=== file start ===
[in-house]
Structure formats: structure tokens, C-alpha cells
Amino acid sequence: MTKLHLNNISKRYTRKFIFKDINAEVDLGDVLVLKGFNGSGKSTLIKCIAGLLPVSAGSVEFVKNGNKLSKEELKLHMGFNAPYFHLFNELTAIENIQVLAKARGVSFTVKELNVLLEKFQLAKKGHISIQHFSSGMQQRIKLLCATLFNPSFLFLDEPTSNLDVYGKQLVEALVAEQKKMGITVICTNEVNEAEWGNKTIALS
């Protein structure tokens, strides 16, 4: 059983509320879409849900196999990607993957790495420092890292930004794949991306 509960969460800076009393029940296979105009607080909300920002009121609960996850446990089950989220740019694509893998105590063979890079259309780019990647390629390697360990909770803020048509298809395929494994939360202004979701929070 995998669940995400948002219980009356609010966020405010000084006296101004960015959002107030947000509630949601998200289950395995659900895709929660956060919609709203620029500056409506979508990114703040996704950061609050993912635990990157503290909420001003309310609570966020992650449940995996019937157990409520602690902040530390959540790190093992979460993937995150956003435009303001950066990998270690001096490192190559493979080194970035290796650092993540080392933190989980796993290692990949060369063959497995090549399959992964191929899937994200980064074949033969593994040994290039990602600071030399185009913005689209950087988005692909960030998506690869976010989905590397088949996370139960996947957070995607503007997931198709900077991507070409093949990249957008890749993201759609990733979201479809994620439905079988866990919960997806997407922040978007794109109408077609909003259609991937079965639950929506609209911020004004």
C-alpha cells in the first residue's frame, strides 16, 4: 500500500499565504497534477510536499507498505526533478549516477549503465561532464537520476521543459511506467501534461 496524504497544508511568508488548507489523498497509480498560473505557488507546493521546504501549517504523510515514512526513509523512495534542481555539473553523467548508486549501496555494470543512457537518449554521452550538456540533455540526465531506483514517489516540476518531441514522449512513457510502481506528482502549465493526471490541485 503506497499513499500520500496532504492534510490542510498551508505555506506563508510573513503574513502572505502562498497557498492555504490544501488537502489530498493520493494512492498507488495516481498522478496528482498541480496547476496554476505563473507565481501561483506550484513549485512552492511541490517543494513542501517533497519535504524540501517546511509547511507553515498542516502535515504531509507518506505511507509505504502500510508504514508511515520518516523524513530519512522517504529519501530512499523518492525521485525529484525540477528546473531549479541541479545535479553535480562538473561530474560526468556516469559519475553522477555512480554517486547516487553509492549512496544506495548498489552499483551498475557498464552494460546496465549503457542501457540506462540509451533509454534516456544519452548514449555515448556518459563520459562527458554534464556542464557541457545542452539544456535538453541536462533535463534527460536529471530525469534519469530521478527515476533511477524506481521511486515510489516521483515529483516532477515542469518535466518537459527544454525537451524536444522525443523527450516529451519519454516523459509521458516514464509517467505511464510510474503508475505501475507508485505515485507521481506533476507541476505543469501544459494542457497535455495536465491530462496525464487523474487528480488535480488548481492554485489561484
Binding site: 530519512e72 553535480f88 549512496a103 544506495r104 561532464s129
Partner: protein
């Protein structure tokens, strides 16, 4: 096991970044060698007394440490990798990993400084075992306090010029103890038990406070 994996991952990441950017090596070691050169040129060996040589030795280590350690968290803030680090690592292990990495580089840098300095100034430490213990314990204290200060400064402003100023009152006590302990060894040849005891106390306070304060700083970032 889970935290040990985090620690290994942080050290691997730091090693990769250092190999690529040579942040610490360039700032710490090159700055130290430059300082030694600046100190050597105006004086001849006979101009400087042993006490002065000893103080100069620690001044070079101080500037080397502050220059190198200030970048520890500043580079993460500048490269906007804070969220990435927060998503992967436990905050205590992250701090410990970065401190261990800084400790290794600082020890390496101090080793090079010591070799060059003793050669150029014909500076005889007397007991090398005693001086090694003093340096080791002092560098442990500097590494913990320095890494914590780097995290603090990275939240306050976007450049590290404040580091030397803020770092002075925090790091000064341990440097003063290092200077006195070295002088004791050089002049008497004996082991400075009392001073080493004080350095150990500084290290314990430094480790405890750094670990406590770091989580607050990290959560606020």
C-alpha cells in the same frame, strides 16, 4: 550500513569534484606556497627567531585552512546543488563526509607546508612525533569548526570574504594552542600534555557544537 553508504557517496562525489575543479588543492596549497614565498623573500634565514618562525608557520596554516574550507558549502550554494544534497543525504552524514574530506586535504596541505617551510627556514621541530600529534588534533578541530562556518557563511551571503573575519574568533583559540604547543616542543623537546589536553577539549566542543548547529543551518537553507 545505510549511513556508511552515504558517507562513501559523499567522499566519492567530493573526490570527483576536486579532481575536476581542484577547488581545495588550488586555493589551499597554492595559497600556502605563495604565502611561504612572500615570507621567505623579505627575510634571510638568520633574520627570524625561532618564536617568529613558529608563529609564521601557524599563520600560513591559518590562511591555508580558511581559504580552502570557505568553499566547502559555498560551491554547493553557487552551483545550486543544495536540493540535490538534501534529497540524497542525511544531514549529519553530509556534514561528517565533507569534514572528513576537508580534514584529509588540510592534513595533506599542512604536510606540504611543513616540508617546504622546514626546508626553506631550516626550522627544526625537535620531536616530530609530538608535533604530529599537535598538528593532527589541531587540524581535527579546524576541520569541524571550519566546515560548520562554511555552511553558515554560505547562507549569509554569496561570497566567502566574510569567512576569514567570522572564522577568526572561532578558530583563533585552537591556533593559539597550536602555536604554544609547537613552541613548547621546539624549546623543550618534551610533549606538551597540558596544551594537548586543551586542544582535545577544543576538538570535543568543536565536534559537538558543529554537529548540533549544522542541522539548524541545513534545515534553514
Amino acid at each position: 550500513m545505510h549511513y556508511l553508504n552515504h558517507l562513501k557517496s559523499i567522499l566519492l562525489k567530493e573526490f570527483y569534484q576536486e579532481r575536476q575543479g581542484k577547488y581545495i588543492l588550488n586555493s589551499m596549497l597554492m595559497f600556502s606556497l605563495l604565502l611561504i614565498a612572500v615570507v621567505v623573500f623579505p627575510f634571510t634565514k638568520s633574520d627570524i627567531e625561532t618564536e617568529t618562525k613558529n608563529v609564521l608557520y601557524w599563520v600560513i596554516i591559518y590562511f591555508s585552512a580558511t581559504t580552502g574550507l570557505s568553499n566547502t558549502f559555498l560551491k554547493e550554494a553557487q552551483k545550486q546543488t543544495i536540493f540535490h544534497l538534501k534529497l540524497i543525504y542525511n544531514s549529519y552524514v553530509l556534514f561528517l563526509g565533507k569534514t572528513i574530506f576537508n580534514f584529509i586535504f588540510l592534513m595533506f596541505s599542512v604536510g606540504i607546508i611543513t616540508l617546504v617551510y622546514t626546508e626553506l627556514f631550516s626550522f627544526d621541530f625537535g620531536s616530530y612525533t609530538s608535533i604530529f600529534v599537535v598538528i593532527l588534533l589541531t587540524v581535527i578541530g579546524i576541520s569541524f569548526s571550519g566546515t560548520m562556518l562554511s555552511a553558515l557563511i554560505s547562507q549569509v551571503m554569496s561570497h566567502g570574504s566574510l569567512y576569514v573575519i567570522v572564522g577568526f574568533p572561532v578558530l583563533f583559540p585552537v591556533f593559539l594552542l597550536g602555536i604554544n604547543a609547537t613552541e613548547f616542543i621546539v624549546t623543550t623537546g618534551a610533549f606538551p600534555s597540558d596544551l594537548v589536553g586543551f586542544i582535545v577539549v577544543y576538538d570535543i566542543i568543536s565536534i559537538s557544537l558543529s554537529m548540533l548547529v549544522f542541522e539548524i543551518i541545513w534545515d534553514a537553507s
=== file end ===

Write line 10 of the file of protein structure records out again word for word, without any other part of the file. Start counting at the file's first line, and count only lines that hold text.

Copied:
Amino acid at each position: 550500513m545505510h549511513y556508511l553508504n552515504h558517507l562513501k557517496s559523499i567522499l566519492l562525489k567530493e573526490f570527483y569534484q576536486e579532481r575536476q575543479g581542484k577547488y581545495i588543492l588550488n586555493s589551499m596549497l597554492m595559497f600556502s606556497l605563495l604565502l611561504i614565498a612572500v615570507v621567505v623573500f623579505p627575510f634571510t634565514k638568520s633574520d627570524i627567531e625561532t618564536e617568529t618562525k613558529n608563529v609564521l608557520y601557524w599563520v600560513i596554516i591559518y590562511f591555508s585552512a580558511t581559504t580552502g574550507l570557505s568553499n566547502t558549502f559555498l560551491k554547493e550554494a553557487q552551483k545550486q546543488t543544495i536540493f540535490h544534497l538534501k534529497l540524497i543525504y542525511n544531514s549529519y552524514v553530509l556534514f561528517l563526509g565533507k569534514t572528513i574530506f576537508n580534514f584529509i586535504f588540510l592534513m595533506f596541505s599542512v604536510g606540504i607546508i611543513t616540508l617546504v617551510y622546514t626546508e626553506l627556514f631550516s626550522f627544526d621541530f625537535g620531536s616530530y612525533t609530538s608535533i604530529f600529534v599537535v598538528i593532527l588534533l589541531t587540524v581535527i578541530g579546524i576541520s569541524f569548526s571550519g566546515t560548520m562556518l562554511s555552511a553558515l557563511i554560505s547562507q549569509v551571503m554569496s561570497h566567502g570574504s566574510l569567512y576569514v573575519i567570522v572564522g577568526f574568533p572561532v578558530l583563533f583559540p585552537v591556533f593559539l594552542l597550536g602555536i604554544n604547543a609547537t613552541e613548547f616542543i621546539v624549546t623543550t623537546g618534551a610533549f606538551p600534555s597540558d596544551l594537548v589536553g586543551f586542544i582535545v577539549v577544543y576538538d570535543i566542543i568543536s565536534i559537538s557544537l558543529s554537529m548540533l548547529v549544522f542541522e539548524i543551518i541545513w534545515d534553514a537553507s